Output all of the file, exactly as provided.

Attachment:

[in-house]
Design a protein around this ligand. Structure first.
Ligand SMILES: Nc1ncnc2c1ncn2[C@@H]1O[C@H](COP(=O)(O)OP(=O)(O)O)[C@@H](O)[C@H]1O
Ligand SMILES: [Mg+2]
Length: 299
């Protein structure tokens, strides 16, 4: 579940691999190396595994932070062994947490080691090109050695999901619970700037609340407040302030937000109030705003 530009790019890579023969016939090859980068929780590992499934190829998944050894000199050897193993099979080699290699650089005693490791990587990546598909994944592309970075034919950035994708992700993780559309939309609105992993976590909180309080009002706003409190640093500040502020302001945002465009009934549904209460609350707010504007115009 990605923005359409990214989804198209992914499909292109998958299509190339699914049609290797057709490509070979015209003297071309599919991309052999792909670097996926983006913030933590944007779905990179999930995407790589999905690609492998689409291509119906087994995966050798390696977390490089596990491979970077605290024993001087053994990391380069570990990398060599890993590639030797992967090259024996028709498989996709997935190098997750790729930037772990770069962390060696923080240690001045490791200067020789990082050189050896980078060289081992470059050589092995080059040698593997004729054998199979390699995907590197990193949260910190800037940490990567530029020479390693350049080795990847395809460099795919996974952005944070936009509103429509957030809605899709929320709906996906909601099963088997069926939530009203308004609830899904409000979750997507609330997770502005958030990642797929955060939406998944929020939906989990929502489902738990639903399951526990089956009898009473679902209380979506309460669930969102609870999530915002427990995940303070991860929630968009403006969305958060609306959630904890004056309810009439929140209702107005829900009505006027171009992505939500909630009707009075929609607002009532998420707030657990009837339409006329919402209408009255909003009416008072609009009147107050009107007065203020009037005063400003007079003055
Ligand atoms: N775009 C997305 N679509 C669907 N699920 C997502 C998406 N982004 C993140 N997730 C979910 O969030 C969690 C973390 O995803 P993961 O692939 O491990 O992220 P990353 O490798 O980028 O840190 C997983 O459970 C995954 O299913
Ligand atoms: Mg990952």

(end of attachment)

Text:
[in-house]
Design a protein around this ligand. Structure first.
Ligand SMILES: Nc1ncnc2c1ncn2[C@@H]1O[C@H](COP(=O)(O)OP(=O)(O)O)[C@@H](O)[C@H]1O
Ligand SMILES: [Mg+2]
Length: 299
């Protein structure tokens, strides 16, 4: 579940691999190396595994932070062994947490080691090109050695999901619970700037609340407040302030937000109030705003 530009790019890579023969016939090859980068929780590992499934190829998944050894000199050897193993099979080699290699650089005693490791990587990546598909994944592309970075034919950035994708992700993780559309939309609105992993976590909180309080009002706003409190640093500040502020302001945002465009009934549904209460609350707010504007115009 990605923005359409990214989804198209992914499909292109998958299509190339699914049609290797057709490509070979015209003297071309599919991309052999792909670097996926983006913030933590944007779905990179999930995407790589999905690609492998689409291509119906087994995966050798390696977390490089596990491979970077605290024993001087053994990391380069570990990398060599890993590639030797992967090259024996028709498989996709997935190098997750790729930037772990770069962390060696923080240690001045490791200067020789990082050189050896980078060289081992470059050589092995080059040698593997004729054998199979390699995907590197990193949260910190800037940490990567530029020479390693350049080795990847395809460099795919996974952005944070936009509103429509957030809605899709929320709906996906909601099963088997069926939530009203308004609830899904409000979750997507609330997770502005958030990642797929955060939406998944929020939906989990929502489902738990639903399951526990089956009898009473679902209380979506309460669930969102609870999530915002427990995940303070991860929630968009403006969305958060609306959630904890004056309810009439929140209702107005829900009505006027171009992505939500909630009707009075929609607002009532998420707030657990009837339409006329919402209408009255909003009416008072609009009147107050009107007065203020009037005063400003007079003055
Ligand atoms: N775009 C997305 N679509 C669907 N699920 C997502 C998406 N982004 C993140 N997730 C979910 O969030 C969690 C973390 O995803 P993961 O692939 O491990 O992220 P990353 O490798 O980028 O840190 C997983 O459970 C995954 O299913
Ligand atoms: Mg990952």